Rita Moreno has always been an impressive performer, which is how she’s become an EGOT — a winner of Emmy, Grammy, Oscar, and Tony awards. But a new documentary about her life, “Rita Moreno: Just A Girl Who Decided To Go For It,” explains that her path to success wasn’t easy.

As a young girl, when her mother brought her from Puerto Rico to New York, she was made to feel worthless as an immigrant. After dropping out of high school at 15, she saw no future for herself in Manhattan, so she moved across the country to Hollywood, where she wanted to be a star like her role model, Elizabeth Taylor. In fact, when she went off on auditions, she dressed like Taylor and made herself up to look like her, too. Eventually, she met Louis B. Mayer, the head of MGM, who gave her a contract.

Unfortunately, that led to years of being treated as a sex object by studio heads and other powerful men. And when she was cast in small parts in movies, it was always as dark-skinned, illiterate, immoral girls. Her parts were mostly negative stereotypes, for which she was told to play up generic accents. Worse, her naturally brown skin was deemed not exotic enough, so she was caked in makeup to make her look darker — a trend that continued through her Oscar-winning performance as Anita in “West Side Story.”

My wife and I saw Moreno tell her life story as part of the St. Louis Speakers Series in January, 2017, so we knew many of her anecdotes, but it was still shocking to hear many of them — including about her long relationship with Marlon Brando, which led to a botched abortion and a suicide attempt.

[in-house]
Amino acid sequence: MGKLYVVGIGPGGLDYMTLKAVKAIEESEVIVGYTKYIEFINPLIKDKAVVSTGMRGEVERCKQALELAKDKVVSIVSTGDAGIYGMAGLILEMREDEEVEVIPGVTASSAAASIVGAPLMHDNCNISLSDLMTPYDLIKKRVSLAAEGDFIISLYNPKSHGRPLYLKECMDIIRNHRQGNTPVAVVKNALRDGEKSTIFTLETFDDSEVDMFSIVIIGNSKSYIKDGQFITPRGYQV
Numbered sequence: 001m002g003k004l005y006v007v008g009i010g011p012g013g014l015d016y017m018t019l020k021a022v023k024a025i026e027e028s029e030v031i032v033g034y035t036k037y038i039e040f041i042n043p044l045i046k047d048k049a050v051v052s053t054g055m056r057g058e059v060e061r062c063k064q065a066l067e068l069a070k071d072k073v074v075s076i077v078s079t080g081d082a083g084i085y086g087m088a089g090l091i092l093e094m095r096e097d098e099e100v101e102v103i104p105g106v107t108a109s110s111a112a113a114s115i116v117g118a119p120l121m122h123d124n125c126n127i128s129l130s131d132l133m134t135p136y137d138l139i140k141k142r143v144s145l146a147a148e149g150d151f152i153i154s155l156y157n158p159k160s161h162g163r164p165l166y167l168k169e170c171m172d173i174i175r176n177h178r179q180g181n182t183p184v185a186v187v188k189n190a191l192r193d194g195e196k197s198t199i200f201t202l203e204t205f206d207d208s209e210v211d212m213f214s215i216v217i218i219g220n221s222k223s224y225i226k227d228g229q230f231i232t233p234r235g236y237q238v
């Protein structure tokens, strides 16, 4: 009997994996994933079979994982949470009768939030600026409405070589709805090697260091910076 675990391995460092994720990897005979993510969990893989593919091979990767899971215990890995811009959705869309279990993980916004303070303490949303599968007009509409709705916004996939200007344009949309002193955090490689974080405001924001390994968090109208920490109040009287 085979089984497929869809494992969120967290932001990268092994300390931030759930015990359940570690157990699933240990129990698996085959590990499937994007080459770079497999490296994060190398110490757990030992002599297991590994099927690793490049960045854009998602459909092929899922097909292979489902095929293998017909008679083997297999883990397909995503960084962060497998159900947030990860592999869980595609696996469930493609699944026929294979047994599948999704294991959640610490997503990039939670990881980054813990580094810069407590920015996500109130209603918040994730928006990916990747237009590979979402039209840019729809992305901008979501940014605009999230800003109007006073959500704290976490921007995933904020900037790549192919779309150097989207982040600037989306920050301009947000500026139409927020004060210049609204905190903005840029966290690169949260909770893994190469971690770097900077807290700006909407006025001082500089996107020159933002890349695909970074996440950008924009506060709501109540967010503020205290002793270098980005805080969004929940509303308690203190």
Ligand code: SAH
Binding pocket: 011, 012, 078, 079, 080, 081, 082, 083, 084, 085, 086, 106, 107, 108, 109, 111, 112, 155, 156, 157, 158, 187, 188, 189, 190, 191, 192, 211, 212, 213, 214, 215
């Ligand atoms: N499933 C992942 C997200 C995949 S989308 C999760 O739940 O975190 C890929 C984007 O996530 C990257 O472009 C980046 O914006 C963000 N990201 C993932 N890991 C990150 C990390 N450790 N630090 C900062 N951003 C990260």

Fortunately, Moreno’s story is not all drama and sadness. She and Helen Hayes are the only performers to win the triple crown for acting. She won Emmys for guest starring on “The Muppet Show” and “The Rockford Files.” She won a Tony for “The Ritz.” She spent several years on the seminal PBS series “The Electric Company,” winning a Grammy for an album of series highlights. She’s been a Kennedy Center honoree. She’s also been recognized with the Presidential Medal Of Freedom, the National Medal of Arts, a Peabody Award, and the Screen Actors Guild Lifetime Achievement Award.

At the time this documentary was produced, Moreno was starring in the reboot of “One Day At A Time,” which has since been canceled by Netflix. Yet her career saga is so compelling, and she’s such a good storyteller, that it was an absolute pleasure to spend 90 minutes hearing her walk us through it again.

I give “Rita Moreno: Just A Girl Who Decided To Go For It” an 8.5 out of 10.